However, while the incentives are affected, the requirement for a repeat-infringer account termination policy exists for all activities protected by the safe harbour regardless of whether any protected activity creates copyright liability in the ISP. That is to say, the absence of any ISP liability within the ISP-P2P setting, would not excuse the ISP from a failure to adopt an account termination policy for repeat P2P infringing subscribers. Moreover, such a failure would seemingly deny the ISP eligibility for all of the safe harbour liability limitations – e.g. absence of a qualifying policy for P2P infringing subscribers would disentitle the ISP from the limitation from liability for an unrelated activity such as system caching.12 It is unclear what – if any – role this consideration has had in explaining the 6 July 2011 Memorandum of Understanding arrived at in the US between major rights holders and about 60% of the US ISPs (the ‘2011 MoU’).13 Other commercial considerations – such as the desire of ISPs to partner with content producers to differentiate their services – have been identified as incentives for ISPs to arrive at agreement (Brenner 2012). Also, and as will be explained, whatever else the 2011 MoU might represent it is not in itself a safe harbour repeat infringer account termination policy.    

The 2011 MoU needs to also be viewed with a backdrop of emerging graduated response laws. As is discussed below, starting with France in 2009, other countries had begun to enact more public law orientated graduated response regimes. These regimes, unlike the safe harbour approach, are not predicated on supplying incentives to ISPs to cooperate with rights holders so as to minimise their liability risk. Rather, they place a direct public law obligation on ISPs to comply with a legislated regime, administered by a public body, and designed to facilitate a diminution in infringing P2P activity. The French scheme – very much the gold standard for graduated response public law – is discussed in the next section. The Obama Administration played a material behind-the-scenes role in negotiations (Kravets 2011) and welcomed the final result (Espinel 2011). The French solution, and the possibility of US Congressional action in lieu of agreement, was presumably in everyone’s mind.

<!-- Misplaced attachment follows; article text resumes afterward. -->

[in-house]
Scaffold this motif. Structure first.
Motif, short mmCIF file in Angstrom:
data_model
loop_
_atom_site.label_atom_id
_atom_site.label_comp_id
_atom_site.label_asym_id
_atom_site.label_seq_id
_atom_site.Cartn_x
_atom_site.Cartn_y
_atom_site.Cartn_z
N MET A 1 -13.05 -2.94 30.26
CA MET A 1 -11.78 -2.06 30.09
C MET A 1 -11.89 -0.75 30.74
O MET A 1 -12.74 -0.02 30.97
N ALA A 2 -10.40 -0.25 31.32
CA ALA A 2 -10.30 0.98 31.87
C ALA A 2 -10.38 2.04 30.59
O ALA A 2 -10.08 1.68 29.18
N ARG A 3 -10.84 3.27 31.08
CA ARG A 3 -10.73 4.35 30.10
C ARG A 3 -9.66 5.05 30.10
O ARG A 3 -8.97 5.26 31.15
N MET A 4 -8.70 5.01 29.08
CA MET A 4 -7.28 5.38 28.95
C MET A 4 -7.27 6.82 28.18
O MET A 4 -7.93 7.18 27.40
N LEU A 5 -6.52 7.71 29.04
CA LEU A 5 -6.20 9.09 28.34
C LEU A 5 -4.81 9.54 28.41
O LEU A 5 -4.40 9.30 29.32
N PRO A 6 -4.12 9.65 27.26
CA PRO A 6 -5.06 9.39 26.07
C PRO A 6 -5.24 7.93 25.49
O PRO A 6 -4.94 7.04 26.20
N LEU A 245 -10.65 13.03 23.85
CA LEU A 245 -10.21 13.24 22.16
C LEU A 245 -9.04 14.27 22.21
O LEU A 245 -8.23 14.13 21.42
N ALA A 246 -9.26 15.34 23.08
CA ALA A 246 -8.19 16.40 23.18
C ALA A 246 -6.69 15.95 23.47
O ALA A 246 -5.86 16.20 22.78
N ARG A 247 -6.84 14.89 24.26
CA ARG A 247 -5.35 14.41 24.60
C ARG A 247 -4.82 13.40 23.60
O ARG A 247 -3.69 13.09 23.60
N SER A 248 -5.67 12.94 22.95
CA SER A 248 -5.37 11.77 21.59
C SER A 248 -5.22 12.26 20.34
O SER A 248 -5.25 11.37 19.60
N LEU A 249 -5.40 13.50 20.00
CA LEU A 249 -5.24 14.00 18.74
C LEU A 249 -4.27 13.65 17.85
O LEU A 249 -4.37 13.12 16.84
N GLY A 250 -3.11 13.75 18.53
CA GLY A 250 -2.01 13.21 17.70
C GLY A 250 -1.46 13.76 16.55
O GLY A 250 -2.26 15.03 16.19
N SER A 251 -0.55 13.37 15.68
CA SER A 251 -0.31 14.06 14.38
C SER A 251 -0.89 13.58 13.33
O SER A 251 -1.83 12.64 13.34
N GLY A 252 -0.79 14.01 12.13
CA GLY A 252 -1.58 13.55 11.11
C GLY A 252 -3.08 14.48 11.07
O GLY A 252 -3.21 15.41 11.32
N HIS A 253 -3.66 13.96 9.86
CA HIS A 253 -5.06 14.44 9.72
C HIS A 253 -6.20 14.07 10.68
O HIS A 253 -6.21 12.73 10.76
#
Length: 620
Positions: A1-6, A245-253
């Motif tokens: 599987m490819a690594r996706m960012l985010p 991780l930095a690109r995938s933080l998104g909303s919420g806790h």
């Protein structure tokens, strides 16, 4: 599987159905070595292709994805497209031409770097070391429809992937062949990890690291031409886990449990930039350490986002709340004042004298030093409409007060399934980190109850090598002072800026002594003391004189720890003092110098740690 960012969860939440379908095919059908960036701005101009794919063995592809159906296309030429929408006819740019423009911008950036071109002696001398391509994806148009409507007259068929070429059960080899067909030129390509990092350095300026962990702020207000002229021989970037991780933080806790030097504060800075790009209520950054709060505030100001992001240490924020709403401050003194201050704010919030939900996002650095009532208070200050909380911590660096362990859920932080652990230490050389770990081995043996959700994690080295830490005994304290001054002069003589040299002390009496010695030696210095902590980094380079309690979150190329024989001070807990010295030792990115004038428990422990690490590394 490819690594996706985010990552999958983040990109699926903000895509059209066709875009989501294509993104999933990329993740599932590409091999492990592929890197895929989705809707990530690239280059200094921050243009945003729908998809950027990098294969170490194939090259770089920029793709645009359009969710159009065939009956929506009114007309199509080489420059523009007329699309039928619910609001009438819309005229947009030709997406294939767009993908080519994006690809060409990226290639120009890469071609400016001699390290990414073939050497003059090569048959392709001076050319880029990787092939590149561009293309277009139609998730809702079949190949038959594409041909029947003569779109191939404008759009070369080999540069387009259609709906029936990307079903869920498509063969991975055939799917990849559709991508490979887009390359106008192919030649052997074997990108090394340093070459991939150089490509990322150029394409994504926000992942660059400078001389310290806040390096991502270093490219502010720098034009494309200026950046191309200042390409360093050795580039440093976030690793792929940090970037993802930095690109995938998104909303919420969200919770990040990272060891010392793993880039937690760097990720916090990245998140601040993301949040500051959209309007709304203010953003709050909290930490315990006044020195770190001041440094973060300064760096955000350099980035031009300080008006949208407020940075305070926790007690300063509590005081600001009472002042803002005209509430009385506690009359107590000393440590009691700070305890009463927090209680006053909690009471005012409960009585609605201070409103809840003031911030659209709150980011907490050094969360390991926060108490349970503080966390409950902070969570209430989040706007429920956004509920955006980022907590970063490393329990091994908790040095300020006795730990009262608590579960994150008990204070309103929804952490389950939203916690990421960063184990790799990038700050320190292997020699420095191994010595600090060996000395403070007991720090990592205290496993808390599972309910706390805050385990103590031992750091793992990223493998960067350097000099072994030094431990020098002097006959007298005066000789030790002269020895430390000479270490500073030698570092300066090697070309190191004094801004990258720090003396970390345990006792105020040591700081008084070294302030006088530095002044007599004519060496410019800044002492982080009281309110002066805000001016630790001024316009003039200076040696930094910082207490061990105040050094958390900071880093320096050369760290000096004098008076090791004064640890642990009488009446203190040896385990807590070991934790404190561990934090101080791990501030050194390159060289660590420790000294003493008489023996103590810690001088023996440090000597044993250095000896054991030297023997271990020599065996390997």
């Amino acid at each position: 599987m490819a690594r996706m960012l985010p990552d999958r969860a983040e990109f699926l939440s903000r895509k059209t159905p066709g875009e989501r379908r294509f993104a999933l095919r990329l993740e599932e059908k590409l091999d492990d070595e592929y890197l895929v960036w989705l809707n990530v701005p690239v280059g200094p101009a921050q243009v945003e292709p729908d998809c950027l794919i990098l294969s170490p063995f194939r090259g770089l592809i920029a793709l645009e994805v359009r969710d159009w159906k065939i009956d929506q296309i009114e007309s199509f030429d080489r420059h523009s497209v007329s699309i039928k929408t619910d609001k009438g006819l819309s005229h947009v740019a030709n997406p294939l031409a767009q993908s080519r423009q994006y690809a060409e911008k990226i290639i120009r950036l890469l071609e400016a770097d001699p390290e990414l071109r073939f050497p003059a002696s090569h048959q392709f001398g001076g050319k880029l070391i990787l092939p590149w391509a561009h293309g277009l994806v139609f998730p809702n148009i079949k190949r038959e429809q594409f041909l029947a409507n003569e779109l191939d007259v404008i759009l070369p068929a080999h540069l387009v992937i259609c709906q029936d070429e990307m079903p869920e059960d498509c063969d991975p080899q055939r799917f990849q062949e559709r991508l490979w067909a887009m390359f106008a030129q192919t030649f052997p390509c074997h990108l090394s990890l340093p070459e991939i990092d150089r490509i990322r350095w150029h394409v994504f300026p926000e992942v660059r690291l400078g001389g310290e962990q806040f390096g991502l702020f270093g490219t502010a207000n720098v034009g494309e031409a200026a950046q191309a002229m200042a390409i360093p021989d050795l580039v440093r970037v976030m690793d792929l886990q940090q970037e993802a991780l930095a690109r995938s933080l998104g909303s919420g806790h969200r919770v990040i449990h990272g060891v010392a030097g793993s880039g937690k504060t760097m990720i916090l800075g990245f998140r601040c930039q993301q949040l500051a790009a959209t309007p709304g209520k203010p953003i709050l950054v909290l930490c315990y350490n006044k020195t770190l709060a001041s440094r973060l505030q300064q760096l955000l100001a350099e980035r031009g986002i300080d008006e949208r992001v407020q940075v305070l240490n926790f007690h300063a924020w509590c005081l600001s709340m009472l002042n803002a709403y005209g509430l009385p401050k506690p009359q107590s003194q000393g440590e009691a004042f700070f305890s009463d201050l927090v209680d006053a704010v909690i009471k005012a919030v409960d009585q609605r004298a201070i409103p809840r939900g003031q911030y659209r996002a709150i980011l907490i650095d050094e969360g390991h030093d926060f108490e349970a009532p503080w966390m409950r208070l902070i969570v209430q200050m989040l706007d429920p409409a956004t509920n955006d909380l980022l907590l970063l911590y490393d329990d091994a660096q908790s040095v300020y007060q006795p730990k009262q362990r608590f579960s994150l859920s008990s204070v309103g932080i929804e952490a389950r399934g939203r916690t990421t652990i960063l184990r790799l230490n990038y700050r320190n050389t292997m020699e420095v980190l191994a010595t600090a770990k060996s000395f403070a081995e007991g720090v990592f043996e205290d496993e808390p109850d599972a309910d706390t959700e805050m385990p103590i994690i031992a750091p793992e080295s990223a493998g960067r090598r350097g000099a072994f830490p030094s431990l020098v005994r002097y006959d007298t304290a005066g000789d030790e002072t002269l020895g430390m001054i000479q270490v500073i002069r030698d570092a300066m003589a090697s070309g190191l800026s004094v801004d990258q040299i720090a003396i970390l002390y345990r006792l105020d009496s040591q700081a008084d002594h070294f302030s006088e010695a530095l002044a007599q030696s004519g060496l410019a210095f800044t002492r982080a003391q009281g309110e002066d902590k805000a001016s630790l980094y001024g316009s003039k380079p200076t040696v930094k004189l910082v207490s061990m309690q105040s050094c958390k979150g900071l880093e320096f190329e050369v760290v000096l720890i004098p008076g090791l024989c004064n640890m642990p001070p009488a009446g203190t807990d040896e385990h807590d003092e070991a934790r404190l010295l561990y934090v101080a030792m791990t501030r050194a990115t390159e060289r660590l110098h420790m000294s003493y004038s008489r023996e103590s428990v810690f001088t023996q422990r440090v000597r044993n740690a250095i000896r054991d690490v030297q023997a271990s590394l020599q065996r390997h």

Under the terms of the 2011 MoU, a private body named the Centre for Copyright Information (CCI) is established in which both rights holders and ISPs hold an equal stake. The CCI has primarily a public education role, but under the 2011 MoU also oversees the formulation of methodologies relating to the making by rights holders of allegations of P2P infringement, and the matching by ISPs of those allegations to subscribers’ accounts. Alerts – as described below – are sent to the matched subscribers and an obligation exists in ISPs to produce monthly reports for rights holders of subscribers (uniquely identified in an anonymised form) who have received copyright alerts.